How to Gain PR for Your Etsy Business

Public relation experts charge outrageous fees for helping you spread the word about your creative business. However, with a little research + the right introductions +  a pinch of patience, it is possible to get your work out into the world without shelling out the big bucks!

PR for your handmade business | Marketing Creativity | Image via Khrissies Little World on Etsy

The point is not to tell the whole world about your product, but rather a whole lot of the right people. Start by identifying the ideal customer for your business. You want to be sure you’re sending your marketing message out on the right channels to exactly the people who want to hear it. Once you’ve identified your ideal customer, ask yourself: Who are they reading? What’s their style? Who do they follow on Pinterest?

The better you get to know your customers, the better your chances are of connecting with them. Next …

Actively seek out new business all the time.

How do PR agents spread the word about your business? They simply know people. They introduce themselves to everybody and form relationships. I know it’s old-school, but maybe you’ve heard of it?  It’s called “networking,” and most online sellers and industry leaders are doing a lot of it.

Think “two degrees of separation.”  For example, maybe you’ve learned that your customers love to read Better Homes and Gardens. Unfortunately, a magazine with a large audience can be hard to tackle on your first PR pitch.

Instead, think in terms of two degrees of separation from that large publication to come up with a handful of home and style bloggers that BH&G has featured or invited to guest pin on Pinterest.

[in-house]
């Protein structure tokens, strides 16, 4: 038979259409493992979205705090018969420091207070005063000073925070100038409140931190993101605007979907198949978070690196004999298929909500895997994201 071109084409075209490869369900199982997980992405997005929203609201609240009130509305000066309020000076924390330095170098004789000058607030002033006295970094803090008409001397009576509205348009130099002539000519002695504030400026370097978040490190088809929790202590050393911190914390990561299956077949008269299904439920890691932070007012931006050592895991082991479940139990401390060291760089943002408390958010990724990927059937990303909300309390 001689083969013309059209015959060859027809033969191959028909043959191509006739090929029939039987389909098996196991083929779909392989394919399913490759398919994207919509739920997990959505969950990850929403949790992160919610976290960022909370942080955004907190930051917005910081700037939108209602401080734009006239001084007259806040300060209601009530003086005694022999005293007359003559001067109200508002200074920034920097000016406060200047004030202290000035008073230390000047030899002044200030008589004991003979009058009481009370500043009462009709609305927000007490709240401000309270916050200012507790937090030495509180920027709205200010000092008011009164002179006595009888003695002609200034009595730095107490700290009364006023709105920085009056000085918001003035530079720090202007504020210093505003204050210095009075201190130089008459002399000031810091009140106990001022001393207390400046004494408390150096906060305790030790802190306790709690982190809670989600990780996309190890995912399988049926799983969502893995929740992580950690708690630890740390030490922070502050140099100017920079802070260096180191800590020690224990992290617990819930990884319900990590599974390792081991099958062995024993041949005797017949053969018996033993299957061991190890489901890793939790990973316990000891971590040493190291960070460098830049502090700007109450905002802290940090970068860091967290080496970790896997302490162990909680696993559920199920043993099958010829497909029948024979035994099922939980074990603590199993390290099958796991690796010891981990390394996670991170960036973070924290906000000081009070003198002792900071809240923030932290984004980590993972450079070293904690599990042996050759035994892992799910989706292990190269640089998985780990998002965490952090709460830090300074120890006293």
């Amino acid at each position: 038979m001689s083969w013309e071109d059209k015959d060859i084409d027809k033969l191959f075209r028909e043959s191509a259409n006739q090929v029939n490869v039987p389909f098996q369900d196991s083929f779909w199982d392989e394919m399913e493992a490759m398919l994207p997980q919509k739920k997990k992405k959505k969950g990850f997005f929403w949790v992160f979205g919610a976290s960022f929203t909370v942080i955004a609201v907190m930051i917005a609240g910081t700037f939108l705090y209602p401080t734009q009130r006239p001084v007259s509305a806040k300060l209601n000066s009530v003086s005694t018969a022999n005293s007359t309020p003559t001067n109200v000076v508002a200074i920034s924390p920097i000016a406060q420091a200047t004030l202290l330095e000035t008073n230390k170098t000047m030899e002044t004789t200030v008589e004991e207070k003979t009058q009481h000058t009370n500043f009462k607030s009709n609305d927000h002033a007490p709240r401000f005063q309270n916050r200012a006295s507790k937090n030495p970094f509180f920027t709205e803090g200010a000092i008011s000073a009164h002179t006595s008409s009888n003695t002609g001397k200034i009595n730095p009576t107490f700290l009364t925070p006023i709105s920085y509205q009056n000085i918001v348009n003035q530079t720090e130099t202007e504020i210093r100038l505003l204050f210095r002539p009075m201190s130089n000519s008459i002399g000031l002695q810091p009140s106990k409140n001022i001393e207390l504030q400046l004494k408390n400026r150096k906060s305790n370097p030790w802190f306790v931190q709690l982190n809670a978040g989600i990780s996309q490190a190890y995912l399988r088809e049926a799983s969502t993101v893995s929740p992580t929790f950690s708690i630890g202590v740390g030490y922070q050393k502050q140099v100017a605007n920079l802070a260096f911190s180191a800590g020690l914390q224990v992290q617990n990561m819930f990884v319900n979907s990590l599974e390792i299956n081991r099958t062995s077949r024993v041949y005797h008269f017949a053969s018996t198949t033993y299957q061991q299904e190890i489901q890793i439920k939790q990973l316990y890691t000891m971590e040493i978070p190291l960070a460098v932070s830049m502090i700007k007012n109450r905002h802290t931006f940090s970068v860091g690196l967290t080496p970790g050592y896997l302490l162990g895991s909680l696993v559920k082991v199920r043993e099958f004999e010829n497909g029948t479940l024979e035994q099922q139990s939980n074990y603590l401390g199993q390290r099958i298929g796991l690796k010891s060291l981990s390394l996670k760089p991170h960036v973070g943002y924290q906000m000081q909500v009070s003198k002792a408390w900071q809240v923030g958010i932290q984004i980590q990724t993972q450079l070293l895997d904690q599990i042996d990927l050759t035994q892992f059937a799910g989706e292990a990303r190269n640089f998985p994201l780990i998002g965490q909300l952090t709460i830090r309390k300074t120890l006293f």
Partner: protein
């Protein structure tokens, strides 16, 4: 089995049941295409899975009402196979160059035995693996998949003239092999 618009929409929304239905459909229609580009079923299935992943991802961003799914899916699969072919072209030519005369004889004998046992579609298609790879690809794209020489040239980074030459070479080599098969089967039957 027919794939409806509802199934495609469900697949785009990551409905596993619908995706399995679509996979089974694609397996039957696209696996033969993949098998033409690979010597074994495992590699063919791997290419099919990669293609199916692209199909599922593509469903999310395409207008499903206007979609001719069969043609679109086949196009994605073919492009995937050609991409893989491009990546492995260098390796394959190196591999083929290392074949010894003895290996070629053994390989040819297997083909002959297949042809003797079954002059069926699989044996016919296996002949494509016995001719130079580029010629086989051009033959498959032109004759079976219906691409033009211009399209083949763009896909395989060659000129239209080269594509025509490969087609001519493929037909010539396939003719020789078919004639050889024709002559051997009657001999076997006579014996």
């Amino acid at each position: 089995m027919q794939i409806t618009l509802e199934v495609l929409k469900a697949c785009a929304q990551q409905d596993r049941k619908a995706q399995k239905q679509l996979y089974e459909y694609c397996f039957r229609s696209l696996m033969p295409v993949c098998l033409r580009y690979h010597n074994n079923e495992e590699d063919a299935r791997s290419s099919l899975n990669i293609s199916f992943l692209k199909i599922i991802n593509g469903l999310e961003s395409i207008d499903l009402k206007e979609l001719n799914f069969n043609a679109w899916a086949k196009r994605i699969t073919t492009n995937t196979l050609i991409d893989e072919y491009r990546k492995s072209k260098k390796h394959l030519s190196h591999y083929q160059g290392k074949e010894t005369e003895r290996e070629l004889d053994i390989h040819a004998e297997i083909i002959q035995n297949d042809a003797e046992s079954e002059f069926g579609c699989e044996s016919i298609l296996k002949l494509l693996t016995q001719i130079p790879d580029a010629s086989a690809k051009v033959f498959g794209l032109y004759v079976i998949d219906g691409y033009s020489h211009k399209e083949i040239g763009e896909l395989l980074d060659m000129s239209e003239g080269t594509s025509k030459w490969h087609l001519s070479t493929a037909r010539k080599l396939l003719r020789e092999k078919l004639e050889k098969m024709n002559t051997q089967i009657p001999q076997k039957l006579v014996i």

Next, pitch a giveaway, seasonal story, or a tutorial to those home and style bloggers. Once you get to know the blog, you can probably think of many ideas that would work for their audience, which is wonderful because bloggers need new stories every day!

The world is just awaiting your arrival!

Start writing your own blog and newsletter. This is the starting point to position yourself as the expert in your niche (whether it be crocheting, painting, jewelry designing, or candle stick-making).

Creatives, in general, are too used to imagining themselves in this huge collective of other creative people. We often think to ourselves, “Why should I make my product when so-and-so already has it covered?” -Or- “Anybody could make this. Why am I trying to do it for them?”

Let me bust this myth once and for all: The world is waiting for your unique spin on the talent that many may have, but none will deliver quite like you.

And not everybody can do it! Most people label themselves as “not creative” (and consequently believe their non-creative affirmations). They’re looking to you to fill the void. Show off your work and share your talent in a blog. Send newsletters and special offers to all of your readers  to build an audience of raving fans and happy customers.

Start to engage with other leaders in your niche market or industry.

Reach out to a new contact. And then another. And then another. I lovingly laugh at us all when we sit at home and wait to be discovered. I know I’m guilty of it, and I bet you can relate! It took me two years to realize that if I wanted people in my industry to know me, I had to go out and introduce myself!

And not only that, I knew the people that I wanted to know better were busy. I assume hoards of people are reaching out to them every day. So (and like any virtual interaction I conduct), I first imagine how I would approach my would-be friend in person.

  • Would I waltz up to a stranger and ask them to introduce me to their circle of impressive and popular friends?
  • Would I introduce myself and then ask for a big favor?
  • Would I say hello and then tell that person to go look me up online?

Introduce yourself in a way that makes people want to get to know you better.

When I meet someone face-to-face, I always show interest in them – whether they initiated the introduction or not. If I’m not the initiator of the first contact, the number one thing I want to know about a new acquaintance is, what brought upon this meeting? Who are you and why might we know each other? What do we have in common? Are you someone I would be interested in getting to know better?